What nearly all military members, veterans, and their families who appear in front of the board will tell you is that they feel as if they are personally being judged and dismissed. They have no right to openly contest misconceptions and apparent preconceptions of board members who lack the above experiences or qualifications.
We feel that as a quasi-judicial tribunal, the board has taken a far too legal interpretation of its responsibilities. These hearings are not reported to us as friendly, problem solving get-togethers. They are described as intimidating and dehumanizing. And while quasi-judicial tribunals make legally-binding decisions, they should show flexibility to meet the needs of the veteran and seek a resolution. For instance, the board could adjourn the meeting to encourage the client to seek a witness report or that one medical report which will result in a favourable decision.
This does not appear to be happening. Instead, the VRAB is using the words “quasi” and “judicial” when it suits the Crown to deny funds but not when it benefits the veteran. For instance, the board does not publish cases nor correlates patterns. As such, previous decisions are not accessible and cannot be used to help expedite the favourable results of future cases as is done by courts.
Interestingly, the auditor general—as far back as 1998—made two extremely important findings. First, that the board is a far more expensive and less efficient than the departmental review process. Second, the AG determined “There is a need for the Department and the Veterans Review and Appeal Board to regularly analyse the reasons for overturned pension decisions.”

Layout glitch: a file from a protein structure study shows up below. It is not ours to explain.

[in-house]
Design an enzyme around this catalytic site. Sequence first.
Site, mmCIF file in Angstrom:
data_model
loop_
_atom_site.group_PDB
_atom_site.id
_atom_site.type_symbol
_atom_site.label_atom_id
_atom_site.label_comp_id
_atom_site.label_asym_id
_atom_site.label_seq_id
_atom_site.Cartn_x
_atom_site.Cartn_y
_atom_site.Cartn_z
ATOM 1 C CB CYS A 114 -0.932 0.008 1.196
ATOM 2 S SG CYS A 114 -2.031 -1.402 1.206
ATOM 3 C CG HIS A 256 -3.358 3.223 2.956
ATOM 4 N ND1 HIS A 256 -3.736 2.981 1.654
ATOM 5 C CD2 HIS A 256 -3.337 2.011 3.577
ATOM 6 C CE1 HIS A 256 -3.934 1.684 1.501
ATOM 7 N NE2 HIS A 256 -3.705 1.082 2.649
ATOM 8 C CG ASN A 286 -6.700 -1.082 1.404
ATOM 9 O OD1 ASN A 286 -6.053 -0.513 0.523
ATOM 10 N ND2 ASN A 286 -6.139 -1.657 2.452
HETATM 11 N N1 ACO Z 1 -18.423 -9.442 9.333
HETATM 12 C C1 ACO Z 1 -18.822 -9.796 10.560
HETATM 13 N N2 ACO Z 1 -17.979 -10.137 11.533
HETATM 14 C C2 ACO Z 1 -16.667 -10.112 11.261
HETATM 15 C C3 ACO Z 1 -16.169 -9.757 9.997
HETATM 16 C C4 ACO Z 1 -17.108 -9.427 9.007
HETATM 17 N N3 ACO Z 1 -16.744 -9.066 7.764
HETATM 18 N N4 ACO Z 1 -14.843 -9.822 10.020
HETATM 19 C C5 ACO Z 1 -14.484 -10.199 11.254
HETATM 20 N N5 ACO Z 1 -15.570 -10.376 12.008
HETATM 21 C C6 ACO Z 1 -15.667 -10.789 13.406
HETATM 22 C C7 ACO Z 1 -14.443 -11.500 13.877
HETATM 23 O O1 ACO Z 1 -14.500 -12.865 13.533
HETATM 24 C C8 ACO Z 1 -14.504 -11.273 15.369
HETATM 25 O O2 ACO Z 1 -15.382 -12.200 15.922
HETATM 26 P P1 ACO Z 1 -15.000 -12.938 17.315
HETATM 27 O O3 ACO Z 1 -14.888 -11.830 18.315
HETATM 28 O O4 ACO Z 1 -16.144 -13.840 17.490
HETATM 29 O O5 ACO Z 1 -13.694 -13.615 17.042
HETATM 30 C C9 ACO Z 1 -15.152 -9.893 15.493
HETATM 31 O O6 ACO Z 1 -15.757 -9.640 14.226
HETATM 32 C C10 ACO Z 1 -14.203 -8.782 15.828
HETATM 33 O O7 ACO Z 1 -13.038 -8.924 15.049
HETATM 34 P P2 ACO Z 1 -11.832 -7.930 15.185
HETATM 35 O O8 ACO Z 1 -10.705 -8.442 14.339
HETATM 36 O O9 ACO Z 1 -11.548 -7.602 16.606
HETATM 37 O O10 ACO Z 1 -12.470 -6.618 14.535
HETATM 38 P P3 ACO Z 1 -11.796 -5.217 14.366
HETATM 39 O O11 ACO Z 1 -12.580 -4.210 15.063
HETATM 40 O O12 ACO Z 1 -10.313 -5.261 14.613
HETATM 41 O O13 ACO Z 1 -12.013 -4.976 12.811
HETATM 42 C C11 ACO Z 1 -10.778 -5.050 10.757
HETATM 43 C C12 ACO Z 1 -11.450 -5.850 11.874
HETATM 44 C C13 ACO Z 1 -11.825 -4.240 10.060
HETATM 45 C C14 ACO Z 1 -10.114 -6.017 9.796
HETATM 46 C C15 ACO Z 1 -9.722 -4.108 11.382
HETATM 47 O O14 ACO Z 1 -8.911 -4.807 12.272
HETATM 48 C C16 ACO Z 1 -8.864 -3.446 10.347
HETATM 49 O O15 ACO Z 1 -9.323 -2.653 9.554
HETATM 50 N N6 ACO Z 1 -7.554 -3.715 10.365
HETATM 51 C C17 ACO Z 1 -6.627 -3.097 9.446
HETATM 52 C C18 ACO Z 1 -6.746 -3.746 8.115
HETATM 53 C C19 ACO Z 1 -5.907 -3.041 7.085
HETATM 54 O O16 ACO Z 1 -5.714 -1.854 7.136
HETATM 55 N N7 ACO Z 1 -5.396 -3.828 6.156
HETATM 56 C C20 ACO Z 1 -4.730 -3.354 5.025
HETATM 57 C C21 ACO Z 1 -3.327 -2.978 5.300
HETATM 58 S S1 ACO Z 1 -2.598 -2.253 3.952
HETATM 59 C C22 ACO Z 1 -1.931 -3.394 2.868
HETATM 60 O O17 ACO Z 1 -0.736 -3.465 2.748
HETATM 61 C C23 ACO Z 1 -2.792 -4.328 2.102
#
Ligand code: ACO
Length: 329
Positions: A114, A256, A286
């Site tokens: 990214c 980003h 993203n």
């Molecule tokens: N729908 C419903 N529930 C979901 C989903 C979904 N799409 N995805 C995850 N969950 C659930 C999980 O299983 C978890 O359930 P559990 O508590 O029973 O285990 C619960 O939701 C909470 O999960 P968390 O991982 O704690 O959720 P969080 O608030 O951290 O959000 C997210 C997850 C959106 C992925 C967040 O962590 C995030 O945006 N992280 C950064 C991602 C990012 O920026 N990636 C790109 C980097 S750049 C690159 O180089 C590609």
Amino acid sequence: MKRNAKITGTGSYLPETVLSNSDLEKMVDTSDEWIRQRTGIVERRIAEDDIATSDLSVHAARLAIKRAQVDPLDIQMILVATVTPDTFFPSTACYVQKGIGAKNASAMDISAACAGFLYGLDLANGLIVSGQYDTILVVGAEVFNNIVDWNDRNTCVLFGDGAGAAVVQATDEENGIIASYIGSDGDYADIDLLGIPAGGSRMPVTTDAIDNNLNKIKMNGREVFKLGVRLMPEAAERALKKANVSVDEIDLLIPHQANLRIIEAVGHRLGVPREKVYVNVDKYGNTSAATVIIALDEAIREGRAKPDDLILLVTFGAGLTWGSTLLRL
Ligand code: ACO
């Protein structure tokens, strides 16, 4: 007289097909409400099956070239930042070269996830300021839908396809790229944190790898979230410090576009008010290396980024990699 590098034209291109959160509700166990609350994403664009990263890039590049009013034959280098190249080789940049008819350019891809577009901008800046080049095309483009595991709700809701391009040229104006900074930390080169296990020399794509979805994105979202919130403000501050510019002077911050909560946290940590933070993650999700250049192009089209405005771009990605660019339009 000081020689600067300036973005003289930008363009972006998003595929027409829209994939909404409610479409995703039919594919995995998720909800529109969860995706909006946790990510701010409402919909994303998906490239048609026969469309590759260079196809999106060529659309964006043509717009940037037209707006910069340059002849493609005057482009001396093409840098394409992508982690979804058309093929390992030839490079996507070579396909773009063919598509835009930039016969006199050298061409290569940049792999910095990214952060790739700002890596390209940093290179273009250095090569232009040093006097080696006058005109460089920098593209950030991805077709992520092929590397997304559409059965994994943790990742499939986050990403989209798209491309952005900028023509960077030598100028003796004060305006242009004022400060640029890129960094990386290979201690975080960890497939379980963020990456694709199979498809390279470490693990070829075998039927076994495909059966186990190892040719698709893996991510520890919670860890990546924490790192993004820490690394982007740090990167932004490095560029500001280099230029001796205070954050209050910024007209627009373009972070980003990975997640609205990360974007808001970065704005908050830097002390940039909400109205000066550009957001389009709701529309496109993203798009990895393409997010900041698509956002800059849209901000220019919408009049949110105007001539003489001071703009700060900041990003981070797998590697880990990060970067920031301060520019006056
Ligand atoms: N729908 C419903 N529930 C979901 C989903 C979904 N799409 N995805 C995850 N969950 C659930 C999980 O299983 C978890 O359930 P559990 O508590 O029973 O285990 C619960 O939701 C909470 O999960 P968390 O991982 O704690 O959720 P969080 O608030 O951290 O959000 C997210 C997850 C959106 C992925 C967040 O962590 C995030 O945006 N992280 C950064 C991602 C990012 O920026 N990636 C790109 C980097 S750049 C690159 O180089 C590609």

The first finding suggests that files should be sent back to the department wherever possible and not to be heard by the board. The board has done this only twice. The second finding has been casually dismissed by Larlee to the Senate Subcommittee on Veterans Affairs by saying that the board sends only individual decisions back to Veterans Affairs: “We would anticipate that [the decisions] would be utilized by the department.”
Coincidentally, the auditor general also acts as the guardian for definitions relating to accountability in government. For the AG, accountability is “about the requirement to answer for what you have accomplished (or not) that is of significance and of value.” Clearly, John Larlee has not been held accountable for the poor performance of the board.
The AG also tells us that accountability is “a relationship based on the obligation to demonstrate and take responsibility for performance in light of agreed upon expectations.” Ultimately, John Larlee, the 23 other members of the board and the 85 or so employees are accountable to military members and their families. They have clearly been found wanting.
The big question for the minister of Veterans Affairs, Cabinet and the Prime Minister: who exactly is responsible for making sure Larlee and the board are held accountable for failing to meet the expectations, needs and legal rights of our sons, daughters, fathers and mothers who have sacrificed so much so that we may live in peace and security?
Alan Cutler is president and founder of Canadians for Accountability. Ian Bron is a veteran and managing director of Canadians for Accountability.